HomeUnited NationsFifth Committee: 28th Meeting (Night)

Fifth Committee: 28th Meeting (Night)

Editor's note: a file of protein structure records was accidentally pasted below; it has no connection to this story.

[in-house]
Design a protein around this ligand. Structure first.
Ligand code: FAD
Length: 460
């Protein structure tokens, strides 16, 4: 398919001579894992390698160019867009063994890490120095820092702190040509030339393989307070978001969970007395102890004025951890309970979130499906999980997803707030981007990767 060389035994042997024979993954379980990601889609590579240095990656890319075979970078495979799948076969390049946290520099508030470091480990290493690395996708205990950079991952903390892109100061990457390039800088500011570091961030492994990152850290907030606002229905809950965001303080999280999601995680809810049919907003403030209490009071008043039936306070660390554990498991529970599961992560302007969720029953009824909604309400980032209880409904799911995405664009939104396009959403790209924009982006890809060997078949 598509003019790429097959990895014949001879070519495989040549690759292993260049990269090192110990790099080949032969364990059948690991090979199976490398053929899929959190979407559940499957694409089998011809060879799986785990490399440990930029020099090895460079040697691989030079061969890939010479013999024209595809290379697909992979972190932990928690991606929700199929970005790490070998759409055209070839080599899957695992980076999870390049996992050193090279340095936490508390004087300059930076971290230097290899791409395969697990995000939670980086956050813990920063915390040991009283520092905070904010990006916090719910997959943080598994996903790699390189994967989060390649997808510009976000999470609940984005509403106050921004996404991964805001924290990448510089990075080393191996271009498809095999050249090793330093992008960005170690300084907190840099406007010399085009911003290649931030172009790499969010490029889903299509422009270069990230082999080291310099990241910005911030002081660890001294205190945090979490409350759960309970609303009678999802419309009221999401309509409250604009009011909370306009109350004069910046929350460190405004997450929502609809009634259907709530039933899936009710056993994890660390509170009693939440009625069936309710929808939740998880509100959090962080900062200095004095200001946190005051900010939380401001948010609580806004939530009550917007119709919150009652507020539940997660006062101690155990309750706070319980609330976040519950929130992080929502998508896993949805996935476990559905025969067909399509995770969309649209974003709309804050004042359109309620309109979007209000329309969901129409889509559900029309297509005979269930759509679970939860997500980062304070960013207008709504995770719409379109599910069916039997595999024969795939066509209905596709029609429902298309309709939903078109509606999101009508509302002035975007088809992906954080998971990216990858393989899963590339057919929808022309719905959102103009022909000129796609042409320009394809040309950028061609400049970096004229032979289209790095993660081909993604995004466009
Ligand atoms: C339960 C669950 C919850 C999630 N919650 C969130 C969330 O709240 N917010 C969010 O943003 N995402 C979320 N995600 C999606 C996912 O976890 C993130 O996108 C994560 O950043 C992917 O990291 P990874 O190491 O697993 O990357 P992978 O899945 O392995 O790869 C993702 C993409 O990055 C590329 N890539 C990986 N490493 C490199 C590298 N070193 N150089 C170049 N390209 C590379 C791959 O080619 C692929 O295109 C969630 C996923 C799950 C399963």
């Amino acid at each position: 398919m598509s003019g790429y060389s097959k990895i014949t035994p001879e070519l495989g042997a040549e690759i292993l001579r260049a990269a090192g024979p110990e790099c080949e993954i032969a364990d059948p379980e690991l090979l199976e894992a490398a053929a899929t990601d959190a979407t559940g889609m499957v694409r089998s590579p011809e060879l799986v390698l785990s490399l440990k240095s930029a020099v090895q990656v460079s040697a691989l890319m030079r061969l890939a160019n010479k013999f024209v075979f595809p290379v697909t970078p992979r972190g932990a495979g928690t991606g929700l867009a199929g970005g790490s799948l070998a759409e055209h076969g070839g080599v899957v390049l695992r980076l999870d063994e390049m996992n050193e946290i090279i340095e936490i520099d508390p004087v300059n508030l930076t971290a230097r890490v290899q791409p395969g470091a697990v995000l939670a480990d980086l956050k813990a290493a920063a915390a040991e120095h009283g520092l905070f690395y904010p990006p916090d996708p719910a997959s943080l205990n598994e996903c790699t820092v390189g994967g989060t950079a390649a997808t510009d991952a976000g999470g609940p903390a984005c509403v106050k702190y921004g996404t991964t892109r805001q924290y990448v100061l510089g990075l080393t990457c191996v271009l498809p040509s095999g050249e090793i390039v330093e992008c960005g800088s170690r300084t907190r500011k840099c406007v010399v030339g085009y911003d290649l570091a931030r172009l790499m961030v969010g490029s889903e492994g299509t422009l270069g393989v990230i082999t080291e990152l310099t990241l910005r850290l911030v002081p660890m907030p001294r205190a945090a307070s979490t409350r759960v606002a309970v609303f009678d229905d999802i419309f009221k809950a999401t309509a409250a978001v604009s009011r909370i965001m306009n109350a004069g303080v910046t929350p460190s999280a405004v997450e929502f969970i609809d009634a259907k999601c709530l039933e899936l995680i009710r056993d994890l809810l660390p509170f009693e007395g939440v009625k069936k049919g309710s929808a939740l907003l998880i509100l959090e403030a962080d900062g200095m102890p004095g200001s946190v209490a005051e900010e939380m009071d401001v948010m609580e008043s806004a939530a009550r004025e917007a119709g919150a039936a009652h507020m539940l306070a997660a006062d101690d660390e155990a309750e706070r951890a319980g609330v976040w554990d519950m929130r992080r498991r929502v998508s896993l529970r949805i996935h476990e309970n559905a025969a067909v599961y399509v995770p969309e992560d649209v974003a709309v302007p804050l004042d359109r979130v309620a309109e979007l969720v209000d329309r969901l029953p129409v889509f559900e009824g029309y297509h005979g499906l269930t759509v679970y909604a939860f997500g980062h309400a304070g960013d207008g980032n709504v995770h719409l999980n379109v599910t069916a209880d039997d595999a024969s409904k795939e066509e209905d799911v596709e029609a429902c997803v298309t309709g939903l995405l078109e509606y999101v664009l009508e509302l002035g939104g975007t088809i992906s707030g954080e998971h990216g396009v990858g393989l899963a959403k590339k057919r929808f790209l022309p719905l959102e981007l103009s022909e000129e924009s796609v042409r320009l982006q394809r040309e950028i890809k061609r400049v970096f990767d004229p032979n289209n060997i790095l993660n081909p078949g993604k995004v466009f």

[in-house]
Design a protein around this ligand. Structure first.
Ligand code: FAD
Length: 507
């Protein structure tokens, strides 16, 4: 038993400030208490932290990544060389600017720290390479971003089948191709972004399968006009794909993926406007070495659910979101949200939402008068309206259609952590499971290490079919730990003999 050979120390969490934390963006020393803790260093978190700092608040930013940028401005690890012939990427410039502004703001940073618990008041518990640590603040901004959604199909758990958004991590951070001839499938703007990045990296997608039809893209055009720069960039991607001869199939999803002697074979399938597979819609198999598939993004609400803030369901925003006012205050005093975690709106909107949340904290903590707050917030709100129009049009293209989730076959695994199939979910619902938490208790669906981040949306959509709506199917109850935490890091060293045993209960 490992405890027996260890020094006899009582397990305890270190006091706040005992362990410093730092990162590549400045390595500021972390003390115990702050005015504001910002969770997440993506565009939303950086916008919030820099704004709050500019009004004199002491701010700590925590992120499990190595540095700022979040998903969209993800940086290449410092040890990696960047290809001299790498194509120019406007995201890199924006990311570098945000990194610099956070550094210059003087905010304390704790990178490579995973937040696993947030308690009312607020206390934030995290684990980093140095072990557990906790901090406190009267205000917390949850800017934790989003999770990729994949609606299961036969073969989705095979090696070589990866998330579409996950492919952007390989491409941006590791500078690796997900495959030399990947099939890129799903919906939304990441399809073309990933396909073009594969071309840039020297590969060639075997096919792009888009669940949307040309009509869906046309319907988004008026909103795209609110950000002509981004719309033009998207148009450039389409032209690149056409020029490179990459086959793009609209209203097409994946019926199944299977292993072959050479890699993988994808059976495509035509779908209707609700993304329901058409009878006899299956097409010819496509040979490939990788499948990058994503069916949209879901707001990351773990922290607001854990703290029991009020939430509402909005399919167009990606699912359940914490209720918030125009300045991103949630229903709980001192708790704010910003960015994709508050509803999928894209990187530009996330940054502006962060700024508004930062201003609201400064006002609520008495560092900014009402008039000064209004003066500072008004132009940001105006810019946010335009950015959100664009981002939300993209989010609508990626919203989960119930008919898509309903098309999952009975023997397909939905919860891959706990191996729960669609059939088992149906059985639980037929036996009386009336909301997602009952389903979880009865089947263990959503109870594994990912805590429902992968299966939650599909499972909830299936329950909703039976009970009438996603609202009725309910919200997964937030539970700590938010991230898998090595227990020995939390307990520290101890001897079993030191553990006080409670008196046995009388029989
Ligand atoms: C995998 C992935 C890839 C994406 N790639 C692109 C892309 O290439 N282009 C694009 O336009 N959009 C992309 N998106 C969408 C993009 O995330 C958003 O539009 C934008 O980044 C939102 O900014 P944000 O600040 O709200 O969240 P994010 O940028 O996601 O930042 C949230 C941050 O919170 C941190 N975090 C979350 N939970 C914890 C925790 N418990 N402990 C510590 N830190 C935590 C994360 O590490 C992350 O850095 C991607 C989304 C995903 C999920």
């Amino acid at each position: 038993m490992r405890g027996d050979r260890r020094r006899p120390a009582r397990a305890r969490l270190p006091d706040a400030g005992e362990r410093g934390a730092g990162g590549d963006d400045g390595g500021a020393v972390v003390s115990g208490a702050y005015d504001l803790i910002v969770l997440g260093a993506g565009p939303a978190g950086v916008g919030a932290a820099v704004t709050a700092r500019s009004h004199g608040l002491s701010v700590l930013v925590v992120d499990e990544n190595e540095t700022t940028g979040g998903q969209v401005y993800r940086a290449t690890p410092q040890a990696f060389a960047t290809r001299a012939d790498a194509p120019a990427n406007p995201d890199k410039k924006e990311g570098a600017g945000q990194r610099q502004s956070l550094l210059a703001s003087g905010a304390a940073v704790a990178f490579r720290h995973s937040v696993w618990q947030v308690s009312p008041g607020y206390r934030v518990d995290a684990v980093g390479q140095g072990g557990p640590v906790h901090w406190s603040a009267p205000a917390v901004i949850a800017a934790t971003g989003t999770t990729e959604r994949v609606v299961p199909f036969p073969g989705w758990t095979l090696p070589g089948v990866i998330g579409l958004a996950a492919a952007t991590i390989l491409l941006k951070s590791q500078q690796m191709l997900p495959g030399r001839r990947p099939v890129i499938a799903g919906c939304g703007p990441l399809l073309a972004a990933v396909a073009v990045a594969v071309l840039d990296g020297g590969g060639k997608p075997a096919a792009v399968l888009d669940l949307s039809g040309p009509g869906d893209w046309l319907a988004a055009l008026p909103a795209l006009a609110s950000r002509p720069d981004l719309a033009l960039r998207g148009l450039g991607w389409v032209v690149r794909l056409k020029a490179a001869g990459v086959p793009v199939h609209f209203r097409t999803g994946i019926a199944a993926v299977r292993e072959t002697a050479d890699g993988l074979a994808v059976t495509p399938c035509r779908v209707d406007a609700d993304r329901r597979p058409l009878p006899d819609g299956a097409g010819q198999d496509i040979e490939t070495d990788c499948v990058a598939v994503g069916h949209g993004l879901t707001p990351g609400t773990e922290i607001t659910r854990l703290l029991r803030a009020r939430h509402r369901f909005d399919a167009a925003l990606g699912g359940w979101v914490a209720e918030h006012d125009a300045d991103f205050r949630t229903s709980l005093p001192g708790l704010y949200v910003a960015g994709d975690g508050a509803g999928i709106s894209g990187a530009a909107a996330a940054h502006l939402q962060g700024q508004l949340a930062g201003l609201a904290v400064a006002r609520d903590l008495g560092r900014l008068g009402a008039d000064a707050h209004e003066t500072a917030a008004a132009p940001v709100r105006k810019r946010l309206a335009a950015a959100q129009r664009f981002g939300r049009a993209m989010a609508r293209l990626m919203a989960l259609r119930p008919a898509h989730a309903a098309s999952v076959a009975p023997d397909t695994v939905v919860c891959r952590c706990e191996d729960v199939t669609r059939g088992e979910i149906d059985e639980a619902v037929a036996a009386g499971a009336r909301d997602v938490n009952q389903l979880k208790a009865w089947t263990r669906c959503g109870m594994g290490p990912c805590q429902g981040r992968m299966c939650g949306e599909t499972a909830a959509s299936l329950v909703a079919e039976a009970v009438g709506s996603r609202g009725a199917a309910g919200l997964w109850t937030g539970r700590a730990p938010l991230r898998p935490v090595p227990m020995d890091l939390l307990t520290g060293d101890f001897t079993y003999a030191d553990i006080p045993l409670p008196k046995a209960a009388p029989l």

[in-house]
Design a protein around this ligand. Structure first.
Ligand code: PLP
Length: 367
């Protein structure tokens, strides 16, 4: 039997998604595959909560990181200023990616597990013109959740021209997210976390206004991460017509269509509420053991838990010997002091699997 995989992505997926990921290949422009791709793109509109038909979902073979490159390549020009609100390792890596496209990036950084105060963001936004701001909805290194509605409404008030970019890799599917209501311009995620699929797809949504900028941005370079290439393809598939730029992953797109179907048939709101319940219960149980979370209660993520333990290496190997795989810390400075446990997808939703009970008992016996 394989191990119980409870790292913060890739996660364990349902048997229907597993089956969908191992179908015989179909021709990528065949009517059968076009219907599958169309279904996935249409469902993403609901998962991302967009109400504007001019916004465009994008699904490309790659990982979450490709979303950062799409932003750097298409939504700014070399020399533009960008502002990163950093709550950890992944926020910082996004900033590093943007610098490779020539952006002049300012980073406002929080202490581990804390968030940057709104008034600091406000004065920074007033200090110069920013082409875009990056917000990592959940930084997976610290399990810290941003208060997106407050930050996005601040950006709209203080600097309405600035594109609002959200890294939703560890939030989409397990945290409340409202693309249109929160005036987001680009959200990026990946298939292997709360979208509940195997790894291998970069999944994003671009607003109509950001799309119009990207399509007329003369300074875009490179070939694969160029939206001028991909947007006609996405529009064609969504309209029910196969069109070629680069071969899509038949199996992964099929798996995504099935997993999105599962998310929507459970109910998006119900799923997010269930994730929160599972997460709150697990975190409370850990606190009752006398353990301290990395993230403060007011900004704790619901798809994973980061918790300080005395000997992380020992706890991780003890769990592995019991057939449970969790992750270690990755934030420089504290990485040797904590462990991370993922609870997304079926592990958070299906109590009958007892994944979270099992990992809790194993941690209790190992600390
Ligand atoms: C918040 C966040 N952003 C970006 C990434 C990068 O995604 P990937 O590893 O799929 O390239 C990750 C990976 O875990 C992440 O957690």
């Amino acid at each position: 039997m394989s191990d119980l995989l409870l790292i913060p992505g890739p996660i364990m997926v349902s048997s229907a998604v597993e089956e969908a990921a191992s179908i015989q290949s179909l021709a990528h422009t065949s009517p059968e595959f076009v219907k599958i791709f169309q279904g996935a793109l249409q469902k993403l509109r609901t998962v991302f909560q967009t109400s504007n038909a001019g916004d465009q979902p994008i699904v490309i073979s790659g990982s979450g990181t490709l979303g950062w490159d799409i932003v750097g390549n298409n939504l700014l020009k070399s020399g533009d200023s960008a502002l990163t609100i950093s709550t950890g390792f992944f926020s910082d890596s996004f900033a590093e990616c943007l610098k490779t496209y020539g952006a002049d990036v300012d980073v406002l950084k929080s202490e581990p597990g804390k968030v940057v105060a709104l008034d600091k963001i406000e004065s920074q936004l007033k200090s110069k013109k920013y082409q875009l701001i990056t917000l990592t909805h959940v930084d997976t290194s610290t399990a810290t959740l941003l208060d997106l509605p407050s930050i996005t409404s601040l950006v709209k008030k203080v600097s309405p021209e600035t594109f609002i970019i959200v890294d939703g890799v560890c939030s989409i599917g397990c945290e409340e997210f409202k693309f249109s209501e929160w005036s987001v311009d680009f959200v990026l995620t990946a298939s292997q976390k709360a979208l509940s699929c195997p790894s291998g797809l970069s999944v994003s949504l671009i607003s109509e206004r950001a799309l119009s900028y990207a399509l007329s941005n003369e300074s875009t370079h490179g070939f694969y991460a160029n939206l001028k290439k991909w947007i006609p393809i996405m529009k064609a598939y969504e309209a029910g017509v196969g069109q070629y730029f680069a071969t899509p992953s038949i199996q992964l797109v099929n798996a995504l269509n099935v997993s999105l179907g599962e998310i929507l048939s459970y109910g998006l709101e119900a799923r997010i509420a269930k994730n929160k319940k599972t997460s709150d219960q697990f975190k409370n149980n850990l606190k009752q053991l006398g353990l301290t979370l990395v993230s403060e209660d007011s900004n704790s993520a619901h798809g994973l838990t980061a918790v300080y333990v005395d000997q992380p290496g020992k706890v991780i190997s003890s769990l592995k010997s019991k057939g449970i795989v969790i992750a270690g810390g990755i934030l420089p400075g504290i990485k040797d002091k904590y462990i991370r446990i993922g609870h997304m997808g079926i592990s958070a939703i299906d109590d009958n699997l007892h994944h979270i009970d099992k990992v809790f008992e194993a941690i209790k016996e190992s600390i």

The Fifth Committee then turned its attention to the draft decision titled “Questions deferred for future consideration” (document A/C.5/77/L.33).CHANDRAMOULI RAMANATHAN, Controller, Assistant Secretary-General for Programme Planning, Finance and Budget in the Department of Management Strategy, Policy and Compliance, said that, through Assembly resolution 76/280, the Fifth Committee was directed to return money from closed peacekeeping missions and distribute credits as of 31 March.  He said .4 million was due back to troop-contributing countries and 10 of them have asked for payment in cash, and that amount,  million, was sent to them today.  Six Member States have asked for about .6 million to be applied to their other outstanding assessments and he is waiting for instructions from 11 Member States for the remaining .8 million. This is the payment of money due to the troop-contributing countries pending for many, many years. In addition, he said 5 million will be returned to all Member States as credits once instructions are received.  He pointed out that the cash from the closed peacekeeping missions was a lifeline for regular budget liquidity. Mr. AL-SALMI (Oman), speaking on behalf of the Gulf Cooperation Council and aligning himself with the Group of 77 and China, thanked the delegations and experts who participated in the just-concluded negotiations, which have borne fruit, particularly with respect to agenda item 143, on human resources management, following a lengthy negotiation on matters including geographic diversity, mobility and the selection of United Nations staff.  The Committee has taken a step in the right direction by ensuring fair representation in the United Nations system. It next approved by consensus a draft resolution titled “Review of the efficiency of the administrative and financial functioning of the United Nations” (document A/C.5/77/L.32). RICHARD TUR DE LA CONCEPCIÓN (Cuba), speaking on behalf of the Group of 77 and China, said he was pleased the Committee was able to reach consensus this year on the important issue of human resources management, after nearly six years without an agreement.  He noted the constructive spirit of all Committee colleagues and the trust inspired by the Committee Chair and the facilitators.  He acknowledged the Committee’s success in achieving results despite many difficult moments.  The resolution on human resources management will provide the Secretary-General with the guidance necessary to help achieve the United Nations goals.  He said his delegation stands firm in its dedication and devotion to the Organization and the Fifth Committee. Action on Drafts Note:  A complete summary of tonight’s Fifth Committee meeting will be made available on Monday, 3 April. JAMES STAPLES (United Kingdom), echoing that the Organization’s staff is its greatest asset, pointed out that the Committee was able to give long-overdue guidance to the Secretariat through delegates’ sustained engagement and tireless efforts to bridge gaps and build compromise.  There has also been progress elsewhere, including on accountability and peacebuilding financing, he noted, reiterating his Government’s commitment to ensure adequate, predictable and sustainable funding for the Peacebuilding Fund.  “In other areas, we were not able to make as much progress as we might have hoped but such is the joy and some may say the sorrow of the Fifth Committee that for most items — including supply chain management, IT and capital investment planning — in various future sessions, we will have the opportunity to discuss again,” he said. ELEONORE HEIMSOETH, representative of the European Union, in its capacity as observer, stressed that the Organization’s people are its most valuable asset.  After six years of unsuccessful attempts, the Fifth Committee finally approved by consensus a resolution which contains the most significant overhaul of the system of desirable ranges since its inception; addresses a wide array of policies including on the attraction, recruitment and retention of talents on as wide a geographical basis as possible; and adopted an ambitious set of new guidelines.  It also reiterated the need to focus on gender parity, reinforced the independence of the Ethics Office, consolidated the victims’ rights approach and strengthened accountability in combatting any form of misconduct.  “This is nothing short of historic,” she declared. The Committee also concluded a number of other agenda items in stark contrast with the outcome of its first resumed session last year, she noted before voicing her regret that no agreement was reached on supply chain activities and the information and communications technology strategy.  The key to the best possible outcome lies in the Committee’s ability to uphold transparency in its proceedings.  Active engagement, inclusive proceedings and good faith debates make quality discussions and decisions, she underscored. Mr. KRIDELKA said the General Assembly will take action on the Fifth Committee’s work on 18 April.  The Fifth Committee will hold the first meeting of its second resumed session on 1 May.  He then declared the first resumed session closed. CHRISTOPHER P. LU (United States) said that the comprehensive resolution on human resources management is a big step forward in making the United Nations fit for purpose to address the challenges of the twenty-first century.  With this resolution, the Organization will move forward on a mobility system, be rejuvenated through bringing in new talent, have a more representative workforce and strengthen protections against misconduct, including sexual harassment.  The Committee’s actions today will improve processes by increasing transparency and accountability, as well as the performance management system by focusing on outcomes and not outputs, he underscored.  No side however got everything that it wanted, he pointed out, noting that the failure to make progress on information-technology improvements is short-sighted given the fast pace of technological changes and the Organization’s very real cybersecurity risks.  Yet, in reaching an agreement instead of deadlocking as it has done for years, the Committee has reasserted the authority of Member States to play an active role in United Nations operations, he stressed. It next approved the draft resolution titled “Human Resources Management” (document A/C.5/77/L.31) by consensus. The Fifth Committee first took up and approved the draft resolution titled “Special subjects relating to the programme budget for 2023” (document A/C.5/77/L.30) without a vote. MEDARD AINOMUHISHA (Uganda), speaking for the African Group and aligning himself with the Group of 77 and China, welcomed the Committee’s adoption of a human resources management resolution after nearly six years.  He went on to highlight the issue of racism in the United Nations, reiterating that this has no place in the Organization, which was founded on the principle of dignity without distinction by race, colour, ethnicity or national origin.  He therefore welcomed the appointment of a Special Advisor for addressing racism in the workplace.  Expressing disappointment that the Committee was unable to reach consensus on a resolution pertaining to investing in peacebuilding, he said that the proposal agreed upon by the African Group, European Union, Canada, Australia, New Zealand, Republic of Korea, United Kingdom, United States, Japan, Switzerland and Norway is a comprehensive one that should serve as a basis for the outcome of such a resolution in upcoming sessions. JAVIER SALAS (Peru) underlined the importance of the topics discussed in the Committee, including ethics in the United Nations, cybersecurity, information and communications technology, capital investment, human resources management reform and investment in peacebuilding.  On that point, he spotlighted the need for a new peacebuilding fund, which receives both voluntary contributions — like those Peru regularly makes to the current fund — and assessed contributions to finance activities linked to peacebuilding.  He added that greater consensus among Member States is needed to establish this new fund, which must be flexible, adaptable, sustainable and predictable to provide financial support in this important area. The Fifth Committee recommended by acclamation the appointment of Minhong Yi (Republic of Korea) from the Group of Asia-Pacific States to fill the vacancy created by the resignation of Ji-sun Jun (Republic of Korea), effective 28 February.  If approved by the General Assembly, Mr. Yi will serve until 31 December. PHILIPPE KRIDELKA (Belgium), Committee Chair, then thanked all Member States, particularly the Cuban delegates, at the start of their chairmanship of the “Group of 77” developing countries and China, commending them for their exceptional energy and diplomatic creativity.  He applauded their hard work to reach consensus on a number of important items, notably the human resources management package, after 16 hours of negotiation last night, adding that it marked the first time the Committee agreed to give guidance to the Secretariat on human resources after six years.  While welcoming the spirit of consensus, creativity and compromise that prevailed, enabling consensus about matters, such as air travel, accountability and the Joint Inspection Unit, among others, he noted that no consensus could be reached on some items, including the Peacebuilding Fund.  Noting that he spoke with all regional groups, and found that there was strong political support from groups in all parts of the world to move forward on the Fund, he added that it will be an important part of the Committee’s next session, during which he hoped delegates would demonstrate the same spirit of creativity and compromise. Appointment to Committee on Contributions Closing Remarks Mr. ALMOTAERY (Saudi Arabia), aligning himself with the Group of 77 and China and the Gulf Cooperation Council, said he was pleased with the Committee’s ability to reach consensus on human resources management after six difficult years.  He said he hoped this consensus will let the Organization improve its representation in its staff and represent all countries without distinction, as outlined in Article 101 of the Charter of the United Nations.  Saudi youth want to participate more actively in the Organization’s work, he said.  He urged that the selection of staff be based on unbiased, improved representation that will attract people with the best skills. FUJINUMA ATSUYUKI (Japan) said his delegation is pleased the Committee was able to adopt a resolution on human resources for the first time in more than six years.  This gives the United Nations solid guidance in achieving a more effective, efficient and inclusive Organization.  He said his delegation is also content that the Committee found common ground on several important agenda items, especially on accountability, as it has been three years since the Committee provided solid guidance to the Secretariat on this significant matter.  On the Peacebuilding Fund, Japan joined the consolidated proposal from many other delegations, as champions and contributors to the peacebuilding efforts. The Chair then did so, subsequently asking if the Russian Federation’s delegate was satisfied. The Committee then approved “L.33” without a vote. Also without a vote, the Fifth Committee approved a draft resolution titled “Joint Inspection Unit” (document A/C.5/77/L.29). The representative of the Russian Federation responded in the affirmative. The representative of the Russian Federation, noting that his delegation did not have time to read this brief text, asked if the Chair could read aloud “L.33”, which pertains to questions deferred for future consideration.